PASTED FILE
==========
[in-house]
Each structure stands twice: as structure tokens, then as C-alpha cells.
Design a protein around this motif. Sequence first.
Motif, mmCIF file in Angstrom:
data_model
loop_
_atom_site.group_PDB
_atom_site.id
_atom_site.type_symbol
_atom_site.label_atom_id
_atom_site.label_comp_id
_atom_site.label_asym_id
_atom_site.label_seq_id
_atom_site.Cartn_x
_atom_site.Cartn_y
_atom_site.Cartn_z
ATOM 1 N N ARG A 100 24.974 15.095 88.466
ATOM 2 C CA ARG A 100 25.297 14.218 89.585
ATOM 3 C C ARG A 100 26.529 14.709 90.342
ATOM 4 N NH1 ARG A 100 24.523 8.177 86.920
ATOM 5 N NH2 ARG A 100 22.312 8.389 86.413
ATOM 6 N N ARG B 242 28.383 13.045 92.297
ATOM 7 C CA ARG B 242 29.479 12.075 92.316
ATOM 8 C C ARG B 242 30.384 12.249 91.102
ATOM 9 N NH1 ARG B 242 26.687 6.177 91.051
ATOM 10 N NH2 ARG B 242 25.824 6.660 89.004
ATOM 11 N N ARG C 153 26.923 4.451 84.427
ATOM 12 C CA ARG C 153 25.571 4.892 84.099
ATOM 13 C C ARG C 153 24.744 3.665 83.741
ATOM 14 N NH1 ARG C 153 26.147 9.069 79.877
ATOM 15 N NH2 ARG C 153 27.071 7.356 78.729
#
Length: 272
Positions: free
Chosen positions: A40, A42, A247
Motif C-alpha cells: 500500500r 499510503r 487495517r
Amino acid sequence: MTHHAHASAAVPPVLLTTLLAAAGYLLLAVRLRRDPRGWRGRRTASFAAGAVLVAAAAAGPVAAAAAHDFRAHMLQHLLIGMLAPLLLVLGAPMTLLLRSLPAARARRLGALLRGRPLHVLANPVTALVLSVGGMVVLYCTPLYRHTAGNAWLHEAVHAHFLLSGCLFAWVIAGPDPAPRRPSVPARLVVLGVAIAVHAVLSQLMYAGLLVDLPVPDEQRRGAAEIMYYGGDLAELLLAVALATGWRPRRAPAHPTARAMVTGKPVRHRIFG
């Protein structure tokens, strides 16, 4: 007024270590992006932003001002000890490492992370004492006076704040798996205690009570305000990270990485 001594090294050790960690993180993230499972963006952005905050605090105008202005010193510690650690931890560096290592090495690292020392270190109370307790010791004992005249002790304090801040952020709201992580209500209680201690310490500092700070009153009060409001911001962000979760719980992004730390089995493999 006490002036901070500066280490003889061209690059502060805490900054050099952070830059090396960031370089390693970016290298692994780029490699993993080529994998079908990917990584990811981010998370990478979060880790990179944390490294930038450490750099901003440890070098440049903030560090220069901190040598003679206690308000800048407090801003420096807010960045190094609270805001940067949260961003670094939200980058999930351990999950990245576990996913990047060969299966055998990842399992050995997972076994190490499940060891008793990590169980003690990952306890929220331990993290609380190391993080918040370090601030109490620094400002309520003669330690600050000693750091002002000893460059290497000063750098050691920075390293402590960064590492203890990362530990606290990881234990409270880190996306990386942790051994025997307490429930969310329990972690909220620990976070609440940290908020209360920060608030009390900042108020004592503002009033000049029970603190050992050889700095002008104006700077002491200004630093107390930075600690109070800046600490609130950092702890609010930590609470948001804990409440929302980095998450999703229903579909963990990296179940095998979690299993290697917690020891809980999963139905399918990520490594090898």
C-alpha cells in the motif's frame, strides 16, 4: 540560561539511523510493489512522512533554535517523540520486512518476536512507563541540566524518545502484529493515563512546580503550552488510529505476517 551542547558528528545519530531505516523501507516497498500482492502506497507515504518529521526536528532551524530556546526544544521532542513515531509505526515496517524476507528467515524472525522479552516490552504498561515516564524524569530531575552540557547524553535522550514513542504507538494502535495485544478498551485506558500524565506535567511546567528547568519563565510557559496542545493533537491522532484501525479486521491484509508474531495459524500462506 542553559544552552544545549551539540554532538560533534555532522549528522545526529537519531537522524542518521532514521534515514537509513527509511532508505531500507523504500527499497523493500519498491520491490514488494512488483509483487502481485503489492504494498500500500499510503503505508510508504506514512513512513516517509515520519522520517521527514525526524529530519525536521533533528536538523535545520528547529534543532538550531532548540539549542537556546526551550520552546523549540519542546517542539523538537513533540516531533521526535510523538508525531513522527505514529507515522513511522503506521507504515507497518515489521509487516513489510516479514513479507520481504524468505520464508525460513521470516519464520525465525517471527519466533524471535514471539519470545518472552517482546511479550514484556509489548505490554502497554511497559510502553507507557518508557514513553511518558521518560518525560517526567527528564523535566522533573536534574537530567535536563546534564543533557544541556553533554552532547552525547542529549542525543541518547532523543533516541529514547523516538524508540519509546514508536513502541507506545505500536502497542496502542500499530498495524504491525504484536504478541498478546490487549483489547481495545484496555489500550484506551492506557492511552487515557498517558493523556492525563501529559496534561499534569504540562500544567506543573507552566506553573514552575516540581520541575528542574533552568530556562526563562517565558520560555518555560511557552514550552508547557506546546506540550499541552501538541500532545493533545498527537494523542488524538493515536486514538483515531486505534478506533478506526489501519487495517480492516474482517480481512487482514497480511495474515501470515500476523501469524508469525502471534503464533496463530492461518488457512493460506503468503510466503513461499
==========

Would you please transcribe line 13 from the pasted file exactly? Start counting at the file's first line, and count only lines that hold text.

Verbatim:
_atom_site.label_seq_id